The Other Andretti
When I watched John Andretti smash his Richard Petty-Dreyer & Reinbold entry into the turn one wall late Sunday afternoon, it occurred to me that this was just another chapter in a star-crossed racing career. John has been coming to the Speedway since his first appearance in 1988, when he did well to finish 21st in an underfunded Mike Curb entry. For whatever reason, he has not approached the success attained by his more famous cousin and uncle. Much like his father, Mario Andretti’s twin-brother Aldo, John always toiled in the shadows of his relatives. The stars never quite seemed to align for him.
In 1990, Andretti teamed with Teo Fabi at the highly touted Porsche team in only their second year of competition. This effort sounded promising. The team was also spearheading March’s return as a chassis builder. However, before the team turned a wheel in competition, the main principal, Al Holbert, lost his life in an airplane crash—leaving Derrick Walker in the reluctant position of picking up the pieces and running the team. The team was a major disappointment and both March and Porsche pulled out of CART by the end of the year.
Andretti landed on his feet before the 1991 season. He secured a plum ride with the newly formed Hall/VDS team, comprised of the legendary Jim Hall of Chaparral and famous engine builder and former driver Rudy Van Der Straten. They had snagged the prized Pennzoil sponsorship and on paper, the team sounded like a virtual who’s who of racing. On the track, things started out great as John won in their initial outing at the season opener at Surfer’s Paradise in Australia. From there, it was downhill for the next two years until John was released at the end of 1992. The team went on to underachieve with other name drivers such as Teo Fabi and Gil de Ferran, but Andretti was always made the scapegoat as to why the team underperformed.
The next year in 1993, found Andretti with no full-time ride in CART and only made the Indy 500 because his godfather, AJ Foyt, gave him a ride on the second weekend of qualifying. He jumped into the car with little practice and qualified 24th by putting up a speed which, had he been a first day qualifier, would have put him on the outside of the second row. He was in contention all day and finished 10th just behind Teo Fabi and the Hall/VDS car.
Later that year, Andretti even ran top-fuel dragsters with success—demonstrating his versatility. He could drive anything and just wanted to race. However, when he couldn’t find a CART ride for 1994, Andretti made what I thought was a curious move by switching over to NASCAR. He again ran the Indianapolis 500 for AJ Foyt in 1994, posting another 10th place finish. Immediately after the race, Andretti climbed aboard a helicopter in order to catch a plane to Charlotte, NC to run the Coca-Cola 600 that evening. By doing so, he became the first driver to ever run both races on the same day. In later years, other drivers would do the “double” including Robby Gordon and Tony Stewart; but John Andretti was the first.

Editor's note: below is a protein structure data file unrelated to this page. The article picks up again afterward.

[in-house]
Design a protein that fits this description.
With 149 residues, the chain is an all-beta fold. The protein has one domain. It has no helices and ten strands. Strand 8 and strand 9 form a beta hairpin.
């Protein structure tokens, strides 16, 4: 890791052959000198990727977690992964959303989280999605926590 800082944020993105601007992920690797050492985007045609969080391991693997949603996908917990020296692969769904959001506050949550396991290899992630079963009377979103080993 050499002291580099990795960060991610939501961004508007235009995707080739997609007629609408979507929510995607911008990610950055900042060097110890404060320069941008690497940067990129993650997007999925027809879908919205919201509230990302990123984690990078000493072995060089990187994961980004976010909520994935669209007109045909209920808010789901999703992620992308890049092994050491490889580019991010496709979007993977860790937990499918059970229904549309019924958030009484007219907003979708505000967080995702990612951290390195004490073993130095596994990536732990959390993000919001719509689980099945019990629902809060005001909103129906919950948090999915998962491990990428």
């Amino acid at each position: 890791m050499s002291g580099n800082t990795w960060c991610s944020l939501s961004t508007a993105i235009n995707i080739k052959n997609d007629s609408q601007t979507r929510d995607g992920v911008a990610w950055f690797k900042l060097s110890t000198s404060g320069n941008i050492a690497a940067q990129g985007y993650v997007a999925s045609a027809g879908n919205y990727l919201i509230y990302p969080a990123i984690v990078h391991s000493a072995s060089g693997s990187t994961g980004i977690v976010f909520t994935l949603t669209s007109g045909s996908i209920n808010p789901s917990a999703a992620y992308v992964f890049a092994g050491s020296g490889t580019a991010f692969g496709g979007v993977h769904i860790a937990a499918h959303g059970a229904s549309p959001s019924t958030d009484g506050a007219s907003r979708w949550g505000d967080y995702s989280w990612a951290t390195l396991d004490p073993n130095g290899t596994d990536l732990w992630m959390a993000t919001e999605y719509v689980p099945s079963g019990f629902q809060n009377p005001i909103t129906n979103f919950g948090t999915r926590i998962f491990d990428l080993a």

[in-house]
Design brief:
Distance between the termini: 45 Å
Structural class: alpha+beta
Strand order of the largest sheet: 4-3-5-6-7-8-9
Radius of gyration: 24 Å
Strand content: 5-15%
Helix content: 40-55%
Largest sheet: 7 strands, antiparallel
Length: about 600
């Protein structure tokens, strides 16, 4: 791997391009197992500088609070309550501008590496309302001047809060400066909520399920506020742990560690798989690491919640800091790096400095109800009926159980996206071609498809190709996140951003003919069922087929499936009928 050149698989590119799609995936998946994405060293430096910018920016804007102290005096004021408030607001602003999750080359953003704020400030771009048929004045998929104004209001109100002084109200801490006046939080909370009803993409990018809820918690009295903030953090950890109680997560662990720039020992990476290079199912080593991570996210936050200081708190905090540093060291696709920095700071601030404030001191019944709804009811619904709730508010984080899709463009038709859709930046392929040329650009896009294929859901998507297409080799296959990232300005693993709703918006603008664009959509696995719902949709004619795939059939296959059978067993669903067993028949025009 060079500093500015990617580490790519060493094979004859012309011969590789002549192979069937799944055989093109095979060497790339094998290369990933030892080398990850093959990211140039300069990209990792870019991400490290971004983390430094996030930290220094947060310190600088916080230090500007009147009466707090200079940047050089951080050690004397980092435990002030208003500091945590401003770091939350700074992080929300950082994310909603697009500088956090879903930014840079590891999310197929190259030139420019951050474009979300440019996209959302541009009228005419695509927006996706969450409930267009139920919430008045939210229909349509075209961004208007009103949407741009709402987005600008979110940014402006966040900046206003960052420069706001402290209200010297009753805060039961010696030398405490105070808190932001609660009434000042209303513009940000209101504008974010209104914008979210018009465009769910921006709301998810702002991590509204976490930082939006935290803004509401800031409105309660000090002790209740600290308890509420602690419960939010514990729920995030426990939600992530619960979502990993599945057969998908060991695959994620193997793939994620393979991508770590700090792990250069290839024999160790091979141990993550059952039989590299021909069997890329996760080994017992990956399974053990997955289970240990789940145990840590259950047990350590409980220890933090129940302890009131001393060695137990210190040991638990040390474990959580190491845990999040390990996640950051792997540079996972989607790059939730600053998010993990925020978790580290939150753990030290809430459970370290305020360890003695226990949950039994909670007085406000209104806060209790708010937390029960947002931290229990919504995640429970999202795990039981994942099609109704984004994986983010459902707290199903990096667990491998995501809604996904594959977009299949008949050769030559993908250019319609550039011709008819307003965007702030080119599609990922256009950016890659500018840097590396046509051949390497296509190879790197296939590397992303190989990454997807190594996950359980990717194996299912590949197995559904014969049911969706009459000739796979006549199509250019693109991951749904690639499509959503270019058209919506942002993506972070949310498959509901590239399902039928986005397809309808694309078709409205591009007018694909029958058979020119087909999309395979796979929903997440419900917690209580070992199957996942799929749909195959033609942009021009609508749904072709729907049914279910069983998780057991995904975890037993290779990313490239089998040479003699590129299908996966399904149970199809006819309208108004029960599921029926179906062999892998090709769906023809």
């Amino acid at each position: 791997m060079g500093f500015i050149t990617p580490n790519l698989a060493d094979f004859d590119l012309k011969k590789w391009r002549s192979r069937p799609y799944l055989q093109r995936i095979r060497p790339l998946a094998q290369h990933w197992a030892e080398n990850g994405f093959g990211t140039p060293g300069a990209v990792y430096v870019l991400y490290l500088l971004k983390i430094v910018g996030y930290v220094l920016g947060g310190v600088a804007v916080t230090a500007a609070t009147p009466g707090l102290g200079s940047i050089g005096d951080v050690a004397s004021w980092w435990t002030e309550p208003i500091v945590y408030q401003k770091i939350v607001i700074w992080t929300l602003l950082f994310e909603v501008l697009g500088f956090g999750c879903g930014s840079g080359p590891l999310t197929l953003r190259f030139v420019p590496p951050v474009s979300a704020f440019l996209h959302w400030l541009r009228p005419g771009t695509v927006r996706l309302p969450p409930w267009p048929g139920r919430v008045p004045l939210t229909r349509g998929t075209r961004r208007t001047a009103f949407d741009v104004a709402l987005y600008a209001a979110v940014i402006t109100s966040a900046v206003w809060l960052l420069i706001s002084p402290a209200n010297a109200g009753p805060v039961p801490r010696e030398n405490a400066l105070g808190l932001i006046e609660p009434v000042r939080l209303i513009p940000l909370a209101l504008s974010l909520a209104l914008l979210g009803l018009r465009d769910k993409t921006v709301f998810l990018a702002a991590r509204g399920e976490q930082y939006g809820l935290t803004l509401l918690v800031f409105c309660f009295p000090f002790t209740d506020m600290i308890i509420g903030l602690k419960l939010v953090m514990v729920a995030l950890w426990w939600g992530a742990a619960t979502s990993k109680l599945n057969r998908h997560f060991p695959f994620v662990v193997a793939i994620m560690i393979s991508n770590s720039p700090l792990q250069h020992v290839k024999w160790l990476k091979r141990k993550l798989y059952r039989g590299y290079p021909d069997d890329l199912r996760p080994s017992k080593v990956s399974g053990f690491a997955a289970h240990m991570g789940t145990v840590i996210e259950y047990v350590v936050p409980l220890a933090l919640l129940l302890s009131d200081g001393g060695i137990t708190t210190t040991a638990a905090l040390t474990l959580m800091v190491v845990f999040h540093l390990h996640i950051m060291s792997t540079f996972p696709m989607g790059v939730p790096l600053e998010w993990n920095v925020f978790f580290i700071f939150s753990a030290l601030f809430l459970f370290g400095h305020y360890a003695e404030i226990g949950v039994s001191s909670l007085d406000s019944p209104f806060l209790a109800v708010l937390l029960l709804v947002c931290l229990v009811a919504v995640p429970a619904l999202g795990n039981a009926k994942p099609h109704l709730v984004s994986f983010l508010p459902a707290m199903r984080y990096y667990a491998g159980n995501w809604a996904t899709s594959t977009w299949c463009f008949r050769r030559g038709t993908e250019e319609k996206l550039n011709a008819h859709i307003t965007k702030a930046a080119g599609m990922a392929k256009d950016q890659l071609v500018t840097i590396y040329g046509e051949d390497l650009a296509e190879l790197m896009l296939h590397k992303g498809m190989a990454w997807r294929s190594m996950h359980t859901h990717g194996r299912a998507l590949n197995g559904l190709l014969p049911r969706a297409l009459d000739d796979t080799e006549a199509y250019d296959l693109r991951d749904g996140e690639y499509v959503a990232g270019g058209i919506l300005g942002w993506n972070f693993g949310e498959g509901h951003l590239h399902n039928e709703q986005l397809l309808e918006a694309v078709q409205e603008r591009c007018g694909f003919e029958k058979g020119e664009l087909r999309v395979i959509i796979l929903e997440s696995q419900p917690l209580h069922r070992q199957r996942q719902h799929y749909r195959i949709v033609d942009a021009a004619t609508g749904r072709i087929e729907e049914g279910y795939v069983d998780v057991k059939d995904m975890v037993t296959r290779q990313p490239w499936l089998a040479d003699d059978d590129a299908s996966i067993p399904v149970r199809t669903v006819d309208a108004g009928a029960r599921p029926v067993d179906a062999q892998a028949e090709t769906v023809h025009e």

This began a strange odyssey for Andretti who drove for some pretty obscure NASCAR teams over the years. However, he won the 1997 Pepsi 400 driving for Cale Yarborough before joining Petty enterprises permanently in 1998. Andretti won at Martinsville in 1999, giving Richard Petty his final win as an owner. He was released by Petty in 2003, and again he became a NASCAR journeyman. All the while, his dreams of returning to the Speedway in an IndyCar seemed to be drifting further away.
Finally, when most had assumed he would never run in another Indianapolis 500, John Andretti returned in 2007…thirteen years since his last 500 start. It was not a spectacular return. He brought out the first yellow, as his mirror blew off and landed in the north end of the track. Later in the race, he crashed in a one car accident and ended in 30th position. More impressive, was his return in 2008. Rookie Jay Howard was attempting to qualify a second Marty Roth entry, but was having trouble getting it up to speed. On the morning of Pole Day, it was announced that John Andretti would replace Howard in the car. He qualified 21st and finished a strong 16th. He went on to have several good runs for Roth Racing in the 2008 season, before yielding again to Howard.
While still driving NASCAR, Andretti is back for this year’s 500. Unfortunately, it is in an entry that may have difficulty finding its way into the field of thirty-three—even though there may be no more than thirty-four trying. Richard Petty has loaned his name to the effort, but is little more than a figurehead. The car is being prepared by Dreyer & Reinbold, which seems to be stretched a little thin at the moment. They are running four cars and only one, Davey Hamilton, is currently qualified.
John Andretti’s career has always had me a little perplexed. He is an excellent driver that was never with a good team. I was always intrigued to see what he could do in a Penske or Ganassi car. He is a smart and savvy driver who, unlike his relatives, usually takes care of his equipment (Sunday’s crash not withstanding). Why he hasn’t gotten better rides over the years has always bewildered me. Unlike his uncle and cousins who are somewhat aloof and arrogant—John is fan-friendly, personable and very down-to earth. Plus, he can drive the wheels off of a racecar. His career has been stalled however, by one bad team after another.
John Andretti and his father, Aldo, seem to share the same fate. Due to some bad racing luck, Aldo never got the breaks that his twin-brother Mario did. Aldo labored in obscurity throughout his career, while Mario became a household name. The genes have been passed down on both sides of the family. Unfortunately, there seems to be a different type of Andretti curse at work here.